Grace Church began as a mission church that met in the Cole County Courthouse starting in 1836. A handful of Episcopalians founded the parish as “Grace Church” in 1840, and they contracted to build its first structure in 1842.
Through the rest of the nineteenth century Grace Church was a waxing and waning presence in Jefferson City. Records are scant during two periods of particular stress on the parish: from 1849 to 1851 during the great cholera epidemic, and again during the Civil War. During both periods the church building served as a hospital. But the Civil War in particular severely affected the fortunes of the church, as many of the prominent members during the antebellum period were transplanted Virginians who were slaveholders and Southern sympathizers. Many fled the capital city during the war.
However, after the war the congregation pulled itself together and embarked upon a period of growth that eventually necessitated a larger house of worship. Plans were made in the 1890s for the new church building. The new cornerstone was laid in 1898 and the present structure was completed in 1901.
During the twentieth century Grace church underwent two significant periods of growth. The first was in the 1930s, when the congregation grew from 39 communicants to 150 and the budget quadrupled as well under the leadership of Reverend Wilbur Ruggles. The second was after World War II, when the Reverend Ned Cole led the parish. Throughout the 1950s the congregation grew in size and in spirit as it assumed a leadership role in the movement toward racial integration in Mid-Missouri.
Reverend Cole discovered shortly after he came to Grace in 1949 that the parish rolls listed a number of faculty members at Lincoln University, but that they had been asked when they first attended Grace to sit at the back of the church and take communion last. Appalled by this revelation, Reverend Cole told one of the vestrymen (a former speaker of the Missouri House of Representatives) that he was not sure he could stay as Rector if that policy stood. The next week, at a vestry meeting, Grace Church changed the policy and began its journey to becoming a leader in the civil rights movement in Mid-Missouri throughout the 1950s and 1960s. A later rector, the Reverend Arnold Mintz, was the president of the Ministerial Alliance in 1960 when he and other leading citizens successfully pressed for desegregation of the restaurants in Jefferson City.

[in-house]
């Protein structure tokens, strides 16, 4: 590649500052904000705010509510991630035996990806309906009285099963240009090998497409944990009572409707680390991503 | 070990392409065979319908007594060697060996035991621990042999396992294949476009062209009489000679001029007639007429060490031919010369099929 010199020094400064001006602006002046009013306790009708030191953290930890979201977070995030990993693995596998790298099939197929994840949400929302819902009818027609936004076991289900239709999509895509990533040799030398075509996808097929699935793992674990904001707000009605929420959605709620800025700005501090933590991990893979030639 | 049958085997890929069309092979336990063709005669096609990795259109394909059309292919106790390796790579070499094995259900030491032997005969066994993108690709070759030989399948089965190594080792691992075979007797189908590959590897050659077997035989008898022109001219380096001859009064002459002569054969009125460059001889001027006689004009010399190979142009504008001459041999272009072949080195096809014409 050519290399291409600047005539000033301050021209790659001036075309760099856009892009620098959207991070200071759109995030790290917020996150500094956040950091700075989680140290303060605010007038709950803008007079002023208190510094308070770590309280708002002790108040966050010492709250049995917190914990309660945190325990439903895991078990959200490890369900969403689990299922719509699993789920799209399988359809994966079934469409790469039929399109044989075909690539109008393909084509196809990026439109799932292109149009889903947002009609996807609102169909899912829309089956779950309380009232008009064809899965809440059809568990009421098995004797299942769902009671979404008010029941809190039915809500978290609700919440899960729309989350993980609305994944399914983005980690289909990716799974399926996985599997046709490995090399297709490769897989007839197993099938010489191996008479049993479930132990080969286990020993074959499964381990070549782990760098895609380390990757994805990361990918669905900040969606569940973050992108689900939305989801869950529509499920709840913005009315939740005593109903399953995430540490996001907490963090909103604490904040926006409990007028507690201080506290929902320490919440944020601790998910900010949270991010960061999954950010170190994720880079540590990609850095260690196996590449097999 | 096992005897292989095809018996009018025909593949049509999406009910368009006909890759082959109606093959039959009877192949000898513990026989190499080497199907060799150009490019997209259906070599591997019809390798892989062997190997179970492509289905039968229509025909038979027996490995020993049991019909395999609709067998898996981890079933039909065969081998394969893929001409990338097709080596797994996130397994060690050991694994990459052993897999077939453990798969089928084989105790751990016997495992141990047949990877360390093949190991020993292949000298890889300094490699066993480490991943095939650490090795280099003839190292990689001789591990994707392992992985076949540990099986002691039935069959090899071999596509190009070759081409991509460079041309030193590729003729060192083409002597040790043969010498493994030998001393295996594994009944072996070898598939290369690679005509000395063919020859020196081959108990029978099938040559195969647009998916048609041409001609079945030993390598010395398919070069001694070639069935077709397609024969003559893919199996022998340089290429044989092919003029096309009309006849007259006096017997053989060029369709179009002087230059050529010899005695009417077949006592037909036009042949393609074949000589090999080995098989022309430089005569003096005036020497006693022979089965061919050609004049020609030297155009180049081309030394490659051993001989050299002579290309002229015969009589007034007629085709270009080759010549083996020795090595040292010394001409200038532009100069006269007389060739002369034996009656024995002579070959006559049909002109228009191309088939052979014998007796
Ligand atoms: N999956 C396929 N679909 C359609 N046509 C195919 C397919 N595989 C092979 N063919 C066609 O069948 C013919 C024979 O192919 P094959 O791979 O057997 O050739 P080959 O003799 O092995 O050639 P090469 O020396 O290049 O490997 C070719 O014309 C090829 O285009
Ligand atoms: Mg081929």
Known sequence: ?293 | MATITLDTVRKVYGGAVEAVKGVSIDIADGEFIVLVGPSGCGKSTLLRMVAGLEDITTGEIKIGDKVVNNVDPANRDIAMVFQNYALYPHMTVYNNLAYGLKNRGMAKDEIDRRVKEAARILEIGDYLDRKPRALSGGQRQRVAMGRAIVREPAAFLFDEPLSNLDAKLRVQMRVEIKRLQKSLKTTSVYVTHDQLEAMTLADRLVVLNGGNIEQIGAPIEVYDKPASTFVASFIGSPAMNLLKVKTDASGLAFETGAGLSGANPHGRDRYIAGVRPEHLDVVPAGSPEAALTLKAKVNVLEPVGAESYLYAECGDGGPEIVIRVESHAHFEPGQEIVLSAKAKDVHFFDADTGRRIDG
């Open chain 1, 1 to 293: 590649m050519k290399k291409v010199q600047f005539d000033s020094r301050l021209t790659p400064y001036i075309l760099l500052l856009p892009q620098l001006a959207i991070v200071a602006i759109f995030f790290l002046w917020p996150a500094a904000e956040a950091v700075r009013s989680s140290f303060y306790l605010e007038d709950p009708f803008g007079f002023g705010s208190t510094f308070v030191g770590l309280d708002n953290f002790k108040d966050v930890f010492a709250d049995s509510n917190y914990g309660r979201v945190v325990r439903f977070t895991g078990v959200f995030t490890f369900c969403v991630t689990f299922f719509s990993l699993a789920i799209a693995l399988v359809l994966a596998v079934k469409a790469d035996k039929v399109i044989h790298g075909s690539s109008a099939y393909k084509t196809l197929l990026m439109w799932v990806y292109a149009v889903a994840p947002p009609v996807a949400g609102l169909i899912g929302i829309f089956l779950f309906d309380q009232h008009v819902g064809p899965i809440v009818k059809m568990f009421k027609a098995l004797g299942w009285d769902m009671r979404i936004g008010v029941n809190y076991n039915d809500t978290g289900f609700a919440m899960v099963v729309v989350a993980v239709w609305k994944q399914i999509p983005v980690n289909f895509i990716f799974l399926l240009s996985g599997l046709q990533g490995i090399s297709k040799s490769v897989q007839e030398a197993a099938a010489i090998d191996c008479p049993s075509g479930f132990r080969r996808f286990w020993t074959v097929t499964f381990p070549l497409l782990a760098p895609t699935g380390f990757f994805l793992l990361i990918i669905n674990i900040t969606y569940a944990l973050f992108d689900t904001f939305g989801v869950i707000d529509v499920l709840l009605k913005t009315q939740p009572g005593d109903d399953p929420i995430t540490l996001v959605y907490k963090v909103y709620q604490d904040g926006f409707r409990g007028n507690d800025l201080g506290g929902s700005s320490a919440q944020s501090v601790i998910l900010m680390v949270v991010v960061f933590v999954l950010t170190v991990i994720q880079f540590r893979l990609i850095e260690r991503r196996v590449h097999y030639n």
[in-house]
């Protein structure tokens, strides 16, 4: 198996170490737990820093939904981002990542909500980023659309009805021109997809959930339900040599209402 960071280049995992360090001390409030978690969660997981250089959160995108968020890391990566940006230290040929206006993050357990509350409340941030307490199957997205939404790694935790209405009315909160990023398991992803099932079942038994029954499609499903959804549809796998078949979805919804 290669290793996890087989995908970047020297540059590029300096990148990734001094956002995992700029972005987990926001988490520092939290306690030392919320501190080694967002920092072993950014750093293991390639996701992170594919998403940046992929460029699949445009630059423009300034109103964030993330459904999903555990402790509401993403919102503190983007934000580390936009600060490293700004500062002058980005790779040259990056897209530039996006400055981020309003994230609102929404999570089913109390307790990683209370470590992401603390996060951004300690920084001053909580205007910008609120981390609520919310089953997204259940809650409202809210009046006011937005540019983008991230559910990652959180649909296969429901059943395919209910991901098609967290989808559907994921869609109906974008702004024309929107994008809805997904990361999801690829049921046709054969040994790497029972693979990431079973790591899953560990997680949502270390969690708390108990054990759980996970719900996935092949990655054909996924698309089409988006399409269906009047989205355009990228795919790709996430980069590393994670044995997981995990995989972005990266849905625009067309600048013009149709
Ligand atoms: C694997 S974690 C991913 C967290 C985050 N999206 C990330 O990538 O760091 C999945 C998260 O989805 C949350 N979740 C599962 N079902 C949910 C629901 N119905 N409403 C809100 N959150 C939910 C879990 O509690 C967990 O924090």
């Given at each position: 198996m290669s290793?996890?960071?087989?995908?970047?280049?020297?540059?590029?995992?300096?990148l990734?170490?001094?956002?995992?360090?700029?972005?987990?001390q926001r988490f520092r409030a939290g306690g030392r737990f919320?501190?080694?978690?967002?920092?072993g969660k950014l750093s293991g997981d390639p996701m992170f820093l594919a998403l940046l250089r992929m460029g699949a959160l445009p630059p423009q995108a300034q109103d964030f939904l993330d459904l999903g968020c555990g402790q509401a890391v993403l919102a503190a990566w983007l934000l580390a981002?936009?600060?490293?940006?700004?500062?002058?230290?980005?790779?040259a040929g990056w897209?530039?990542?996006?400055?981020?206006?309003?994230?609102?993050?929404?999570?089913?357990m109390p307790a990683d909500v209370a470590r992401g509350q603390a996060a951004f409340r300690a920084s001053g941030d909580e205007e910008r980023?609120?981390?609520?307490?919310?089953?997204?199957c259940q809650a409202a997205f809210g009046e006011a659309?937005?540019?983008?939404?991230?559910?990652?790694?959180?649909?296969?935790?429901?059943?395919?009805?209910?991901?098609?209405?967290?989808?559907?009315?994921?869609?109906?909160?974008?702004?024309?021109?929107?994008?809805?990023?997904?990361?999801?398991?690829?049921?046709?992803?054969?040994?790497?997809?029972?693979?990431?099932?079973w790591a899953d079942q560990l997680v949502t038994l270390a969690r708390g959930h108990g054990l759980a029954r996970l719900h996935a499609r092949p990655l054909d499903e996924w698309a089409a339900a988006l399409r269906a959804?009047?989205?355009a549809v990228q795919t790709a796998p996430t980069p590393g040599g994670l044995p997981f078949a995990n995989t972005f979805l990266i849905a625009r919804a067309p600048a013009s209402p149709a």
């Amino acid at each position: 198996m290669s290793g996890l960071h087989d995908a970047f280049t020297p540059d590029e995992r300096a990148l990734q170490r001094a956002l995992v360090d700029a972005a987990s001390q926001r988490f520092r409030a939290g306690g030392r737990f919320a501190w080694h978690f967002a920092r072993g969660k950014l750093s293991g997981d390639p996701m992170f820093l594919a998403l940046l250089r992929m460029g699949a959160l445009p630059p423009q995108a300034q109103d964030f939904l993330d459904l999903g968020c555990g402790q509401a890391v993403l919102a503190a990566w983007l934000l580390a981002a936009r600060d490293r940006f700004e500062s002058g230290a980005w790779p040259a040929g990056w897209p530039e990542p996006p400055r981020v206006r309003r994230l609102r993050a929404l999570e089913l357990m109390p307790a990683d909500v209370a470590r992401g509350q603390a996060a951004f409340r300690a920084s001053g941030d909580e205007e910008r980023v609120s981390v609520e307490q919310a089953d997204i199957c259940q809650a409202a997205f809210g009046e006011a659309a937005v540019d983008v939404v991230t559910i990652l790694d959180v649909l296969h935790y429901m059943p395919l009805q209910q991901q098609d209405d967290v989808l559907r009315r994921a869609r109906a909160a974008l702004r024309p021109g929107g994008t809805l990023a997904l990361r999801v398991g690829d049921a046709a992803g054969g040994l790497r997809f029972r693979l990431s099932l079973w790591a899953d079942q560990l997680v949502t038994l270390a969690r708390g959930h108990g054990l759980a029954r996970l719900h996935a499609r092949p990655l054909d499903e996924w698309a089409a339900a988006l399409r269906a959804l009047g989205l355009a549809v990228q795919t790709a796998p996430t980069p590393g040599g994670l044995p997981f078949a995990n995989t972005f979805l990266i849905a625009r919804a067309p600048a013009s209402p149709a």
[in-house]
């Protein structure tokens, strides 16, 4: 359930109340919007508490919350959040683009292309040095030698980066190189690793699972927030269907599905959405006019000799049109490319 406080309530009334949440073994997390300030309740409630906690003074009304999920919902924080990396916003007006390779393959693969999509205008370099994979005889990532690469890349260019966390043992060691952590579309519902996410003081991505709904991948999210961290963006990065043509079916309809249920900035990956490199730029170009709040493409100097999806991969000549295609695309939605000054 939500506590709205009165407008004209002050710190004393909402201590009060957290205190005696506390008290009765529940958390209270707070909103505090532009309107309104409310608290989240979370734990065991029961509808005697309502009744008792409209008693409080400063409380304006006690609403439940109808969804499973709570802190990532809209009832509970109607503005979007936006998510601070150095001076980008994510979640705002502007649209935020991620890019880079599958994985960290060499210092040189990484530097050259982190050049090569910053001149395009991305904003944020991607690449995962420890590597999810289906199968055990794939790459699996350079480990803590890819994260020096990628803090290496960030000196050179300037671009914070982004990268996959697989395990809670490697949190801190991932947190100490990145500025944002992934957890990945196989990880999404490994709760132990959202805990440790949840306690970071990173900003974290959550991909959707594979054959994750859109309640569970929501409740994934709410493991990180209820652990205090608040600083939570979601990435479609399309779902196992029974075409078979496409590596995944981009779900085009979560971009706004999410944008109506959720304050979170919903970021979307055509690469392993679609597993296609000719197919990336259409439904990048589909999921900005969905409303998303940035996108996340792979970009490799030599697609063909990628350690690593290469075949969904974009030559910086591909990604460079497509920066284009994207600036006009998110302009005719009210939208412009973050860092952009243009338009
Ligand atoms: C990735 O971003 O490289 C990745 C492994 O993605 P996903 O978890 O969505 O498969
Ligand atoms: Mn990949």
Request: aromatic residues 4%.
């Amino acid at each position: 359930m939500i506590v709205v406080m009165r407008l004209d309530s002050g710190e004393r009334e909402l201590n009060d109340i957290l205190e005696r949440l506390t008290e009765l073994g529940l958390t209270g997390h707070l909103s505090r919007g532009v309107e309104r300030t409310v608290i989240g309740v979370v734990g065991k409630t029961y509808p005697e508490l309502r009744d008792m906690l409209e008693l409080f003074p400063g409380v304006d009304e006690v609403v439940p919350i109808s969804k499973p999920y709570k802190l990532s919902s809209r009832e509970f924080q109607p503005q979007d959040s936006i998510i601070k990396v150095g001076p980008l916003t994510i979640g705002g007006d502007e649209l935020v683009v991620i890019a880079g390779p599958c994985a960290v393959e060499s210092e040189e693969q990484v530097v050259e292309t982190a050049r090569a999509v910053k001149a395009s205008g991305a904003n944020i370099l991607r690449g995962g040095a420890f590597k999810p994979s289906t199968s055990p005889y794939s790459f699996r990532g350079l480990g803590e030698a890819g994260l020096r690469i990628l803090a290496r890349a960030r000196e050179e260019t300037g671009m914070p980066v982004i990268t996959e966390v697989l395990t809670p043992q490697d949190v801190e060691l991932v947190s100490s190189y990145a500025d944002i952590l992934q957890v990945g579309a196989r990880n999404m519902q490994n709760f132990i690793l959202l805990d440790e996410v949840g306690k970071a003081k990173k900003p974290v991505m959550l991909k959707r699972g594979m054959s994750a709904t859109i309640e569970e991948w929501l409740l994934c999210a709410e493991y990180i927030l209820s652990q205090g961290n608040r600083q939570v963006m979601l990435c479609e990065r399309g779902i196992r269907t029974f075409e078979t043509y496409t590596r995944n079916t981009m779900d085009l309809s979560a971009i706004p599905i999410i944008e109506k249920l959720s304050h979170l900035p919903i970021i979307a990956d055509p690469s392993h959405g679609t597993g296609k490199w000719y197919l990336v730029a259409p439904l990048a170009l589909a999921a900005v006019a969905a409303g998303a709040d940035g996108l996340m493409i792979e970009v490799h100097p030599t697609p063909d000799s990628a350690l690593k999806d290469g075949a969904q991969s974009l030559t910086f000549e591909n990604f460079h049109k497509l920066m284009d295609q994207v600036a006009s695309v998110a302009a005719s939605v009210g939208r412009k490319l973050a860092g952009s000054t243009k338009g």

The growth in spirit was accompanied by a growth in membership, and in 1963 the need for more space was pressing enough that plans were made to expand the existing church. The new parish hall was completed and dedicated in 1966.
In 1970 Grace called the Reverend Harvel Sanders – “Harv” to young and old – to be our new rector. Through new prayer books and hymnals, church controversies great and small, he presided over a congregation that grew and adapted to the times in a remarkably cohesive and congenial manner. Certainly, the congregation has changed over the years. Harv retired in 2004 and Grace used an intentional two year interim period to reflect on our past, our present and our hoped for future. At the end of that time, Grace called The Reverend Shariya Molegoda, to serve as our rector. The congregation now boasts a significant number of Sierra Leoneans who have made Grace their church home. Our congregation struggles, too, with the issues confronting the church at large.
But TODAY Grace Church is still a vital church with a rich parish life. Perhaps it is our history of being an integrated parish before others were, or our existence in a political town, but we have a history of appreciating our differences and working through disagreement. We know that God is not male or female, bond or free, black or white, Republican or Democrat, conservative or liberal. God is God, and we are committed to worshiping God in a way that is both inclusive and consistent with scripture. We look forward to strengthening that commitment and our spirit of service to God's kingdom in the years to come.
Written by Karen Winn
"The cause of freedom is not the cause of a race or a sect, a party or a class – it is the cause of humankind,